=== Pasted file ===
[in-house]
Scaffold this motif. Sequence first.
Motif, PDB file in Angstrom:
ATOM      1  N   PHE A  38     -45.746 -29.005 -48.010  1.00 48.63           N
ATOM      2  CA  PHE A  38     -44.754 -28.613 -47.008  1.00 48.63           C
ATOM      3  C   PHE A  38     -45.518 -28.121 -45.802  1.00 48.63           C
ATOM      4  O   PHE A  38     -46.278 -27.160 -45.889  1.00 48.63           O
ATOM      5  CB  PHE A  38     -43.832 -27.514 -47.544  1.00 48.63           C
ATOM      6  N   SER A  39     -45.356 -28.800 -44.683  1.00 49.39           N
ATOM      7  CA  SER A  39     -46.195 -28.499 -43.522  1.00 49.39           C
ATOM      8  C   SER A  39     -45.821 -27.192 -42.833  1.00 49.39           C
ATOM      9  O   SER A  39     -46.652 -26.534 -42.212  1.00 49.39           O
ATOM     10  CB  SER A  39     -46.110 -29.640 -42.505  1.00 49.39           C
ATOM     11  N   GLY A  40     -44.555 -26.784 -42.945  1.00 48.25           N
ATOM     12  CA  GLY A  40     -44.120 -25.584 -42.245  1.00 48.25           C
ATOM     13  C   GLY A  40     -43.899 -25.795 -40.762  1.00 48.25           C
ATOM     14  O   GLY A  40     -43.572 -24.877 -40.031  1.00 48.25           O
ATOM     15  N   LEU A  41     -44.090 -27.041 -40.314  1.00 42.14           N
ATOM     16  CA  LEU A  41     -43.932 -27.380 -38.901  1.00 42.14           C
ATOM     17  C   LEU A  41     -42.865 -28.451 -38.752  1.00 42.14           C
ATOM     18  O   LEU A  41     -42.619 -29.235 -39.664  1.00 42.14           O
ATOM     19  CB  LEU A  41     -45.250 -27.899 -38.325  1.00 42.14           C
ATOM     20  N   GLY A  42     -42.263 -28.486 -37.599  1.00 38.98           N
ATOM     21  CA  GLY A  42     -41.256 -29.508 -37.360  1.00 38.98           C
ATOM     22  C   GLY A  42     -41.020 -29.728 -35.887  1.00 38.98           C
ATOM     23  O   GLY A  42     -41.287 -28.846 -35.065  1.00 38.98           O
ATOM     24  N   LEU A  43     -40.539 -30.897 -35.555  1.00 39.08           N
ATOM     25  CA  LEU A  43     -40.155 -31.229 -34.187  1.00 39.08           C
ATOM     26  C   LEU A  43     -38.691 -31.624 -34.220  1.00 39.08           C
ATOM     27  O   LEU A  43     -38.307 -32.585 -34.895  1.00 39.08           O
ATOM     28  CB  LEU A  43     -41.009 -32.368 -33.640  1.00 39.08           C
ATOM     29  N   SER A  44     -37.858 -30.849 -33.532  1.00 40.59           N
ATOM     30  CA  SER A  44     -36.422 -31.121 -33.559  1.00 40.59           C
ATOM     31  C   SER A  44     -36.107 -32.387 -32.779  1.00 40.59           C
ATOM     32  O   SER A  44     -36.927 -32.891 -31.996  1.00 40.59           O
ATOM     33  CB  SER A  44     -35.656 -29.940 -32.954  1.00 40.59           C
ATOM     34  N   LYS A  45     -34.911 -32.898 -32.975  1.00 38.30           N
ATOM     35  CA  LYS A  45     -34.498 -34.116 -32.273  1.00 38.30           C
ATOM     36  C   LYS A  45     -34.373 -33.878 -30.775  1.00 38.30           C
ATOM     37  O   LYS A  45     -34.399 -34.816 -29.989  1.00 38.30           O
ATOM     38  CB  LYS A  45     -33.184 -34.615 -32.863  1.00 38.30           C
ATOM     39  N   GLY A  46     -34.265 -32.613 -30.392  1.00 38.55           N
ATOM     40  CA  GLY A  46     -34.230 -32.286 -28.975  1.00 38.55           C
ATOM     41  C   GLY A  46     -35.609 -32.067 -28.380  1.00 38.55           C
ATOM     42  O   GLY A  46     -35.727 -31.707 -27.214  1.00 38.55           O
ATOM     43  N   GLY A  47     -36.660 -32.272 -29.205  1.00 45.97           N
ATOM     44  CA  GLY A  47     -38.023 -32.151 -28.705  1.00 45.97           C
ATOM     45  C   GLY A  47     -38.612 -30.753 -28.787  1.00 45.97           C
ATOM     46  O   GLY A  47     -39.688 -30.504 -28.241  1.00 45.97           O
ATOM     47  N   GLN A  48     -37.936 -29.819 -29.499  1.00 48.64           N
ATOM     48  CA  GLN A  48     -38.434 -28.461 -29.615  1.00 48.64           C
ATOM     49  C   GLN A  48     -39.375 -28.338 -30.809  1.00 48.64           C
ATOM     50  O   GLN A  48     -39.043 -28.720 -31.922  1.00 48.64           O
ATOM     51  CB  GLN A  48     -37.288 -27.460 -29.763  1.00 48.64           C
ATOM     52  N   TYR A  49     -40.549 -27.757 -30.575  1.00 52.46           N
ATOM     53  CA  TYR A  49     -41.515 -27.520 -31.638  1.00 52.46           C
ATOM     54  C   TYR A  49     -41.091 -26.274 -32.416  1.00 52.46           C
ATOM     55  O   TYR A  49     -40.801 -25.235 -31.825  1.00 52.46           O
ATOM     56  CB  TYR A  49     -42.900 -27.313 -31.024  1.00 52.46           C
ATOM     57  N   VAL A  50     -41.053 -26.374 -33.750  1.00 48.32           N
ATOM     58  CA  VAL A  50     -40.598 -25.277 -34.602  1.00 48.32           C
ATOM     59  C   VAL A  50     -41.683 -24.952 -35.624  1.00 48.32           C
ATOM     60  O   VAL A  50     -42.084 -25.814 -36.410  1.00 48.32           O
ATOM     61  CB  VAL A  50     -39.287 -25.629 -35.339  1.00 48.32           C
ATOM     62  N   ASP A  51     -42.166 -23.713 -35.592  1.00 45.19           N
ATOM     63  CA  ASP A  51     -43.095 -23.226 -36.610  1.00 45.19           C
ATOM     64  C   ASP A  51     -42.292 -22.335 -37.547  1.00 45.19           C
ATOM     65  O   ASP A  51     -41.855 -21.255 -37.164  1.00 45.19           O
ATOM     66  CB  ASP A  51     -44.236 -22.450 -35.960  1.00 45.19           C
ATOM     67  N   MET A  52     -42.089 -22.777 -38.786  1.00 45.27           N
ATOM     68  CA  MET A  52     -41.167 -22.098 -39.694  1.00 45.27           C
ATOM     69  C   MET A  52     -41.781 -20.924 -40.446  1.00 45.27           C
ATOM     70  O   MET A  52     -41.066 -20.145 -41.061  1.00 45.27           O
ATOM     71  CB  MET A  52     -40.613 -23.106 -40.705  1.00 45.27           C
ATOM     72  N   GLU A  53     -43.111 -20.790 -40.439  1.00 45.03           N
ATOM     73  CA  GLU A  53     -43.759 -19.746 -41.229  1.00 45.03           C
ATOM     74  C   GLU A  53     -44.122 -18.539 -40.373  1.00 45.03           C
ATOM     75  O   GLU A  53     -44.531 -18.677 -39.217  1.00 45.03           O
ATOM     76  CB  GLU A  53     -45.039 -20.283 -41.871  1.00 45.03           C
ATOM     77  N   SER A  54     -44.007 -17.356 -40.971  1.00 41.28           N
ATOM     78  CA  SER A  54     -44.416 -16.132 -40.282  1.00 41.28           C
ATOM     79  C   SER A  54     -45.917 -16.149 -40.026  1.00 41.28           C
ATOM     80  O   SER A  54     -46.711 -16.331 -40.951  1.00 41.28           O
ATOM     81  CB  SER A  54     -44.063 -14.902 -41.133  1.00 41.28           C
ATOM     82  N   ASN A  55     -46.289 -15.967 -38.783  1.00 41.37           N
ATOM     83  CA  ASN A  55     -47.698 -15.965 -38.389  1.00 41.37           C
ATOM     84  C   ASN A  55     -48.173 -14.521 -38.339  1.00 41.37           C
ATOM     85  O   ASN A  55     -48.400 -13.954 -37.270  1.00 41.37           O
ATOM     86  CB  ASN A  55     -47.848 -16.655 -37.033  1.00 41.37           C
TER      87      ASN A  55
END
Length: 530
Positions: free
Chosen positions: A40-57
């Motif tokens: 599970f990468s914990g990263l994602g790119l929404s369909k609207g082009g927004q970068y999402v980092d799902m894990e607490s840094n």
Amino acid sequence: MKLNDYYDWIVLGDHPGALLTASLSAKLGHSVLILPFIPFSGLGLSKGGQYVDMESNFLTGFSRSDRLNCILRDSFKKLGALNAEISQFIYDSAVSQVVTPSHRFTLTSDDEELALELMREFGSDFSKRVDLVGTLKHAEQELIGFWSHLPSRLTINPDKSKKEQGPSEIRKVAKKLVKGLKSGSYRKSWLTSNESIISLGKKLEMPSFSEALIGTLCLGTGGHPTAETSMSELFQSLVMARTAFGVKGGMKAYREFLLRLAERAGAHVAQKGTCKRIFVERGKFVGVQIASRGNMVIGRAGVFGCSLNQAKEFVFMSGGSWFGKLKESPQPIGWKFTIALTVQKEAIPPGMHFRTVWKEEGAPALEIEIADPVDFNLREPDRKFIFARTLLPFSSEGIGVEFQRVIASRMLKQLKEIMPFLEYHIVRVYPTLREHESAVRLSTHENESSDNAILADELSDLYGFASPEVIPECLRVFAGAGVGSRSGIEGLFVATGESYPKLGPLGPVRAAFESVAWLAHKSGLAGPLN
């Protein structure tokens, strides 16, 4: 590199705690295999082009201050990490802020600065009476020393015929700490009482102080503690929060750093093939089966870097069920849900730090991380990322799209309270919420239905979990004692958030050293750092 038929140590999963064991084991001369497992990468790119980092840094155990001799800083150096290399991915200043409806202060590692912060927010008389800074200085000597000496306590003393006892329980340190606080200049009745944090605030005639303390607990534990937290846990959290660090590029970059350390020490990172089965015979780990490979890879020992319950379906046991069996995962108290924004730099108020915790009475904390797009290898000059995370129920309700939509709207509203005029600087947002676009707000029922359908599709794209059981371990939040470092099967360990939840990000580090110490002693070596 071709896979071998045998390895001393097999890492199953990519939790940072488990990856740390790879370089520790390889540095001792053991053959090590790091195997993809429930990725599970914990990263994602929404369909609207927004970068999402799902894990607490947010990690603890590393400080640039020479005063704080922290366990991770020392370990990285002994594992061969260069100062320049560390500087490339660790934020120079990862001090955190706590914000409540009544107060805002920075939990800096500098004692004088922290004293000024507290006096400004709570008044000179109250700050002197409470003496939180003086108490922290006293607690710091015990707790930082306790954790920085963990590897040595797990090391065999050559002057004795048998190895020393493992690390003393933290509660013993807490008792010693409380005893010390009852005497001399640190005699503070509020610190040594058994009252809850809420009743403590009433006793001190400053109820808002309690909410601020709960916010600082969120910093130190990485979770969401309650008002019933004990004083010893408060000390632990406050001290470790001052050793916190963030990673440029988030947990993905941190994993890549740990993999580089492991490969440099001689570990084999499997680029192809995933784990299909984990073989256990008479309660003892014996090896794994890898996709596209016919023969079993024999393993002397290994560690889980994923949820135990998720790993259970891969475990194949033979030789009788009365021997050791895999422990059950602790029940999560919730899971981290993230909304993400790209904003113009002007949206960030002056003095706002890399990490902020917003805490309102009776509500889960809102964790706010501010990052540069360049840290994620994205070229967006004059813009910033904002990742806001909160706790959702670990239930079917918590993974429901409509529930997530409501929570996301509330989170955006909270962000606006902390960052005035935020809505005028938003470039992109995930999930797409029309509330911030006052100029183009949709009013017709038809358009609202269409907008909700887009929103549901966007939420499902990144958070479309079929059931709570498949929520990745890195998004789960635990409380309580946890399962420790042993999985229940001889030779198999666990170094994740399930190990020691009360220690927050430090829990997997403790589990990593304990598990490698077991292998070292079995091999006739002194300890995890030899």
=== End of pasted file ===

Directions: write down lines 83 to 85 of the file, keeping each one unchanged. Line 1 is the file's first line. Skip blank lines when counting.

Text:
ATOM     80  O   SER A  54     -46.711 -16.331 -40.951  1.00 41.28           O
ATOM     81  CB  SER A  54     -44.063 -14.902 -41.133  1.00 41.28           C
ATOM     82  N   ASN A  55     -46.289 -15.967 -38.783  1.00 41.37           N